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Sergei Nikitin on the case of journalist Ivan Golunov

posted 11 Jun 2019, 13:05 by Rights in Russia   [ updated 20 Oct 2019, 11:08 by Translation Service ]
10 June 2019


In these blogs, Sergei Nikitin presents a selection of materials about human rights in Russia.


Sergei Nikitin headed Amnesty International's Moscow office from 2003 until 2017. He is a member of the advisory council of Rights in Russia.



Ivan Golunov is a correspondent for the online media outlet Meduza.io. In the past, he has been involved in researching political corruption.


He was detained on the afternoon of June 6th in the centre of Moscow, where he was set to meet with other journalists. Two young men in civilian clothing ran up to him. "They came up behind me, one of them grabbed my arm” one of the men said: ''You are being detained." I asked: "Who are you?" They said to me: “What, you haven’t guessed? Criminal investigators!” This only came to light on the morning of June 7th. The police claim to have found 3.56 grams of mephedrone on his person, as well as a number of bags containing an unknown substance at his home. Golunov believes he is being framed.


The Ministry of Internal Affairs in Moscow reported that Golunov was found in possession of five packets containing a powdery substance, with an additional three found in his home. The announcement was accompanied by photographs of packages containing white powder, laboratory glassware and bottles full of chemicals. A friend of Golunov claims that only one of these photographs was actually taken in Golunov’s apartment. Those containing evidence of drug possession, he believes, were staged elsewhere.


Despite the fact that Golunov was detained on the afternoon of June 6th, it was not until 3am on June 7th that investigator Igor Lopatin contacted Ivan’s friend, BBC journalist Svetlana Reiter, and suggested that she find a lawyer. Lawyer Dmitry Dzhulai told Meduza that Golunov had demanded to call for legal aid. The journalist also asked them to test his hands and nails to see whether he had actually touched drugs. However, the police refused. In addition to this, Golunov said that he was beaten by the police. The Ministry of Internal Affairs has denied this.


Meduza’s CEO, Galina Timchenko and editor-in-chief, Ivan Kolpakov; maintain that Golunov is innocent and that he is being persecuted as a result of his journalistic work. “We know that Ivan has received threats in recent months, and we think we know from whom. Meduza will follow closely every action taken by the investigators in Golunov’s case. We will find out who is behind this, and make the information public. We will defend our journalist by all available means.”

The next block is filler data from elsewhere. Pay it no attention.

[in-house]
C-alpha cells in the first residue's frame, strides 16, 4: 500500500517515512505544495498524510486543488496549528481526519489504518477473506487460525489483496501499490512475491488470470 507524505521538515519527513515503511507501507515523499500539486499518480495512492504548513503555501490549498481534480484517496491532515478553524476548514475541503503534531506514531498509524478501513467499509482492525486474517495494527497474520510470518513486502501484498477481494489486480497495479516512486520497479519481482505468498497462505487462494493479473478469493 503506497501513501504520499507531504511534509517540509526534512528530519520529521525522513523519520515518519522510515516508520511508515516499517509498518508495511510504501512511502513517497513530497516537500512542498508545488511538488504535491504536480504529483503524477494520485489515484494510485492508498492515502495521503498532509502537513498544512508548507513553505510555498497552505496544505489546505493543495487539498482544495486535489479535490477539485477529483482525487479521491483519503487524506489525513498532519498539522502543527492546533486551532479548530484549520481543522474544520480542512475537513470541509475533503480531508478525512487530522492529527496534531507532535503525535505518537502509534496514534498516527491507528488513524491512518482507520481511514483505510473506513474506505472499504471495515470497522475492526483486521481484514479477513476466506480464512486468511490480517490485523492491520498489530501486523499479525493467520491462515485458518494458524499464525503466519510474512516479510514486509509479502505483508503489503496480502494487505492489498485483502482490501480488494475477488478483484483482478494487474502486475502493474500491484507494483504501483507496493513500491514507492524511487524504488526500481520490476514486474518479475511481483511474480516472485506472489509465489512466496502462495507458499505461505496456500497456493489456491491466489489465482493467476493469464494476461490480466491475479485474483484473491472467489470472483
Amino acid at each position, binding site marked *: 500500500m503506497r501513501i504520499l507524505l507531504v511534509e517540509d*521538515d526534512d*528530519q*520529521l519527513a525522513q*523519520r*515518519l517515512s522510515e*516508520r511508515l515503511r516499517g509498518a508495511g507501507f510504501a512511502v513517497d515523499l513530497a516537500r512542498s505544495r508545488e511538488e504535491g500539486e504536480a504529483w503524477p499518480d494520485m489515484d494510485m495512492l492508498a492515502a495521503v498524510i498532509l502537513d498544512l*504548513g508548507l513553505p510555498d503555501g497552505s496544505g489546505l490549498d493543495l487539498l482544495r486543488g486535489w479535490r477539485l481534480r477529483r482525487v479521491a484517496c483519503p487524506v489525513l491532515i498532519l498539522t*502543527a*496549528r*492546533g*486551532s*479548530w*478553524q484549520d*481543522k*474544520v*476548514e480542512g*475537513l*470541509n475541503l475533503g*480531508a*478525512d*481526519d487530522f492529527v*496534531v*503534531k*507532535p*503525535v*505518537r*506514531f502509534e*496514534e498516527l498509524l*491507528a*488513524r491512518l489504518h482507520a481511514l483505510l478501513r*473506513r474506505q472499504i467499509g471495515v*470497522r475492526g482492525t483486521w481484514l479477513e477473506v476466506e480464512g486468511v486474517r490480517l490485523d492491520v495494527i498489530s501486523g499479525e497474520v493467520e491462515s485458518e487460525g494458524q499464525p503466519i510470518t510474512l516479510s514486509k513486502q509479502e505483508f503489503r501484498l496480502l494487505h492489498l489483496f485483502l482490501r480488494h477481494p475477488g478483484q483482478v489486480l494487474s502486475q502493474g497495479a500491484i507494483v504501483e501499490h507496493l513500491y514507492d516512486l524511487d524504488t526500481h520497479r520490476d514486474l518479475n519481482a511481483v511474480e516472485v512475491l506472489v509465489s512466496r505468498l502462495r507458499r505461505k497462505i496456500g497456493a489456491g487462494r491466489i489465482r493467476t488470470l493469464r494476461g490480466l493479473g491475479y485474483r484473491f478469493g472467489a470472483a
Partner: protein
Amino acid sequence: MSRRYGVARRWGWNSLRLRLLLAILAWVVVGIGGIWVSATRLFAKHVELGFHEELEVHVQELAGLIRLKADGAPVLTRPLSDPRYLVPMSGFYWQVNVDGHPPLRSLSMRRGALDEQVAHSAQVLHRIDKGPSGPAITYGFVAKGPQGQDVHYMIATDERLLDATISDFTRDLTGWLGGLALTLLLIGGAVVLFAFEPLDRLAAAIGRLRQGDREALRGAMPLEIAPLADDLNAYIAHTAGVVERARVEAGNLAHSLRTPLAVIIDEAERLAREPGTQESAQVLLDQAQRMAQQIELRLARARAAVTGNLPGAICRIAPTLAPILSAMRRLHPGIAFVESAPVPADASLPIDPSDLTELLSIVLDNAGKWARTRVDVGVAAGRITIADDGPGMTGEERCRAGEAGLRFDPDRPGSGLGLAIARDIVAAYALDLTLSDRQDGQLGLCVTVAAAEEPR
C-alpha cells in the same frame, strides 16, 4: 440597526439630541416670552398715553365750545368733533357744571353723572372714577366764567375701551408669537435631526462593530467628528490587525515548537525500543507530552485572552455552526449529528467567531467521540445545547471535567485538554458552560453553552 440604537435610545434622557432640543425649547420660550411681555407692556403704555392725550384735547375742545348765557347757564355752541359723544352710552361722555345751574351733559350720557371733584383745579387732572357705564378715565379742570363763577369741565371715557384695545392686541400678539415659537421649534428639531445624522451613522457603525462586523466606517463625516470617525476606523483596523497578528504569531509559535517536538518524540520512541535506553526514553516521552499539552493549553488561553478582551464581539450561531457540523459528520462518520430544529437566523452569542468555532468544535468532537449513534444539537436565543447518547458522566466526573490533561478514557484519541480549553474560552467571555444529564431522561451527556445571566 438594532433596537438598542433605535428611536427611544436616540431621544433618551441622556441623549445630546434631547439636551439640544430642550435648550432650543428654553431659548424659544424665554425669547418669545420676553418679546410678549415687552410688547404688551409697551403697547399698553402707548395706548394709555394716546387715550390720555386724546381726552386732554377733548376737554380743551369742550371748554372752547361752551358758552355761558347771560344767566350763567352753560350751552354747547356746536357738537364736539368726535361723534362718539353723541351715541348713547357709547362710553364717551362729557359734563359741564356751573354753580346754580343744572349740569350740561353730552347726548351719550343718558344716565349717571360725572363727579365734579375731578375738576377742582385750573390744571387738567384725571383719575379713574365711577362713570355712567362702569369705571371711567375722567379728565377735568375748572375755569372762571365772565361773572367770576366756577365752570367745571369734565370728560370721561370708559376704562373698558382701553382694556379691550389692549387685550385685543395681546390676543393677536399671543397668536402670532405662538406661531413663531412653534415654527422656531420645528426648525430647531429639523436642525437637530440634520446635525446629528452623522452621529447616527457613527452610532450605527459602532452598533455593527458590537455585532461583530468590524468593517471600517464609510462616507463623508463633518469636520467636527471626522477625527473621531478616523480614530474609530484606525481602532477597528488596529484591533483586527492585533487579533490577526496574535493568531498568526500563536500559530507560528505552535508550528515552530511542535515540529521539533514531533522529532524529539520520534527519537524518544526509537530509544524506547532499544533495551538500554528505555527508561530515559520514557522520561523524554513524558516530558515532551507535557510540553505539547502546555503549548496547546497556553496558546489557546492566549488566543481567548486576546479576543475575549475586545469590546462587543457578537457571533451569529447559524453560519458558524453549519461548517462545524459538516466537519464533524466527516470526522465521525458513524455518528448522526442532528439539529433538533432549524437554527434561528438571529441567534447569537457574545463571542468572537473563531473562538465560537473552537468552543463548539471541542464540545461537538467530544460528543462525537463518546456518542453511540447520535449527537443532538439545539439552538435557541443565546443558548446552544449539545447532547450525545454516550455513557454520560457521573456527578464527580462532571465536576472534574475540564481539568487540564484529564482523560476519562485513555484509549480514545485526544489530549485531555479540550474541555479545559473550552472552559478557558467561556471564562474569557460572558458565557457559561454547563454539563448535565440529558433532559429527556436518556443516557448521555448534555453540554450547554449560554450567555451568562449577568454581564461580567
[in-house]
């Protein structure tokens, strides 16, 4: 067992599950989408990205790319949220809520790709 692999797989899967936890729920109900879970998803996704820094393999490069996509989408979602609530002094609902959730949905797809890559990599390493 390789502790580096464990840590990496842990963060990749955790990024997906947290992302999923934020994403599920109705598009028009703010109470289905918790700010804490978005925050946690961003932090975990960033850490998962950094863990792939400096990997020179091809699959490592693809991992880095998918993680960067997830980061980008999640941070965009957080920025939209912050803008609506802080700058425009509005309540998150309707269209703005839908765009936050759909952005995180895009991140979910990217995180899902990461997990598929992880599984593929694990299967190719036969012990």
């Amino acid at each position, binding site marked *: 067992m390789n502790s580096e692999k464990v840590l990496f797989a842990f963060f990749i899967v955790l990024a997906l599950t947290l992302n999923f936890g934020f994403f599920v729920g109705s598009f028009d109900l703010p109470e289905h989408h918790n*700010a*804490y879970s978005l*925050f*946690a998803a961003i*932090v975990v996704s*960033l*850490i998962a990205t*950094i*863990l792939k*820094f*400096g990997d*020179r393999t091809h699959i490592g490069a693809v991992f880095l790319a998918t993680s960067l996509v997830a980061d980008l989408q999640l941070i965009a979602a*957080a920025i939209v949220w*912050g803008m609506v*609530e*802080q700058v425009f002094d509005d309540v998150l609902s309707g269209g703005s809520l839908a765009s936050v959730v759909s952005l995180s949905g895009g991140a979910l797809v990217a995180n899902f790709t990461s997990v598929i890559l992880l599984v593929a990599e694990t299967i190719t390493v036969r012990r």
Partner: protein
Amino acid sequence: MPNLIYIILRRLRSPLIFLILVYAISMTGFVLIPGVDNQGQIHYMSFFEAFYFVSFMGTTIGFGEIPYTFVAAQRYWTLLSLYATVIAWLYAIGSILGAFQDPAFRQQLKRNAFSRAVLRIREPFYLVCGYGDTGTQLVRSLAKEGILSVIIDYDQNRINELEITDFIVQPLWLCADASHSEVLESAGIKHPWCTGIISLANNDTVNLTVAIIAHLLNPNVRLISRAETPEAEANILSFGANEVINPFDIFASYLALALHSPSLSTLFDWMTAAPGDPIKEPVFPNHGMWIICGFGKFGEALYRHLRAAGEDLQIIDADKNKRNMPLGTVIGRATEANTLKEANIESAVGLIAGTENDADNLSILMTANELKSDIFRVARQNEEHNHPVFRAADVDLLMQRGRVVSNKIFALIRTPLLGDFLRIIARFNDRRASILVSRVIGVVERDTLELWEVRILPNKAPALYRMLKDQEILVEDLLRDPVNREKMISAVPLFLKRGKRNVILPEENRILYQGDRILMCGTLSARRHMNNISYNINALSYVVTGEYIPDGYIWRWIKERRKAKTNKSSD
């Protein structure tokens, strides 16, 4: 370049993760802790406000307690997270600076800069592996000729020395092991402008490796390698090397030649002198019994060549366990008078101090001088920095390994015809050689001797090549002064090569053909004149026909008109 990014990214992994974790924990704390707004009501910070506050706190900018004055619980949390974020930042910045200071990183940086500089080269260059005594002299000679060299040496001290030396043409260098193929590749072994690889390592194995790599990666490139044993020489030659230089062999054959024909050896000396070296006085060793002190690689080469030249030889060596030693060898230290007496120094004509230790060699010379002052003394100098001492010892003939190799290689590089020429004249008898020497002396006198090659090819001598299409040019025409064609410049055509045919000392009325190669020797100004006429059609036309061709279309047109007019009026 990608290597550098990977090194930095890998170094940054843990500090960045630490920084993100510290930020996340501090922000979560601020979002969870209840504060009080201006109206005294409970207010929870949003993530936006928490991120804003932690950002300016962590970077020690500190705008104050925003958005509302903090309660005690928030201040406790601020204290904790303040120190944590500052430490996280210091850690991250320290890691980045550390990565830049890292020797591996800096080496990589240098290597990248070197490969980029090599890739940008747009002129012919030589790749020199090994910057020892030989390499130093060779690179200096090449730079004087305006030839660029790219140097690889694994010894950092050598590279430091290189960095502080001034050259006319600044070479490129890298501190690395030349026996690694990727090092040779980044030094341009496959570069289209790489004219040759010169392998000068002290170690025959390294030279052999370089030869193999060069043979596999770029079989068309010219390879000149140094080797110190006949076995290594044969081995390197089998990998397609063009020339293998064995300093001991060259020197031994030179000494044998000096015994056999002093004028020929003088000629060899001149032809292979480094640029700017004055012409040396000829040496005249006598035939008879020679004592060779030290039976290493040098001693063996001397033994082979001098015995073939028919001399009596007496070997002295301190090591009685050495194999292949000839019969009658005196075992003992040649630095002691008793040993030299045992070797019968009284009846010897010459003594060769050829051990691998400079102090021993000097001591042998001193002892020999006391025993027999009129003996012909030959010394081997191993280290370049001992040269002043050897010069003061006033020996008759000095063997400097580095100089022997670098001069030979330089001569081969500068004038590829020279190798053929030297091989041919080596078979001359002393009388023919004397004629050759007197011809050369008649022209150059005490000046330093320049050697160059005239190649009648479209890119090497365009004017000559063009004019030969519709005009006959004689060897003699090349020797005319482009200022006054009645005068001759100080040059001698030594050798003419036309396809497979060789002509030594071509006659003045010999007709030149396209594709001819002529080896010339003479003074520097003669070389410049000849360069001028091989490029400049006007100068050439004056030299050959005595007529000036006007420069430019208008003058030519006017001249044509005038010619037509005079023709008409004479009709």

Golunov is known for his investigations of corruption within the Moscow mayor’s office and in the funeral services industry.


The search of Golunov’s bag took place in the presence of a witness, who appeared to be friends with the police. They took out a bag containing something multi-coloured from his rucksack. According to Golunov “It was a rectangular package, about the size of a passport.” There were small green-brown balls inside the package taken from his bag, which were shown to those present.


The evidence was packed into an envelope and sealed. Golunov refused to sign it, despite demands to do so. The journalist maintains that the package does not belong to him, saying: “This was the first time I’d seen it.” He noted that, during his arrest, the police were behind him and could have planted it in his backpack.


Golunov told police that he had never used psychoactive substances before.


Golunov has maintained his innocence and insists that the drugs do not belong to him. From the moment of his detainment, until 8:25am, no samples were taken from his hands or from under his nails, “because I’ve never used drugs, and never held them in my hands.” This lack of evidence may prove his innocence, he argues.


Pickets are being held to demand Golunov’s release in front of the Ministry of Internal Affairs building in central Moscow. The Russian Union of Journalists has promised to obtain a statement from law enforcement agencies as soon as possible. The Presidential Council on Human Rights is needed to best understand the events. Duma deputy Sergei Shargunov has sent a request to the Prosecutor General.


On social media, many people are suggesting further legal action against journalists trying to expose the truth. As was the case with human rights defenders in the North Caucasus, it would seem that planting drugs has become a common method of dealing with political opposition in the capital.


For a chronicle of events in the case, see: Meduza


Translated by James Lofthouse

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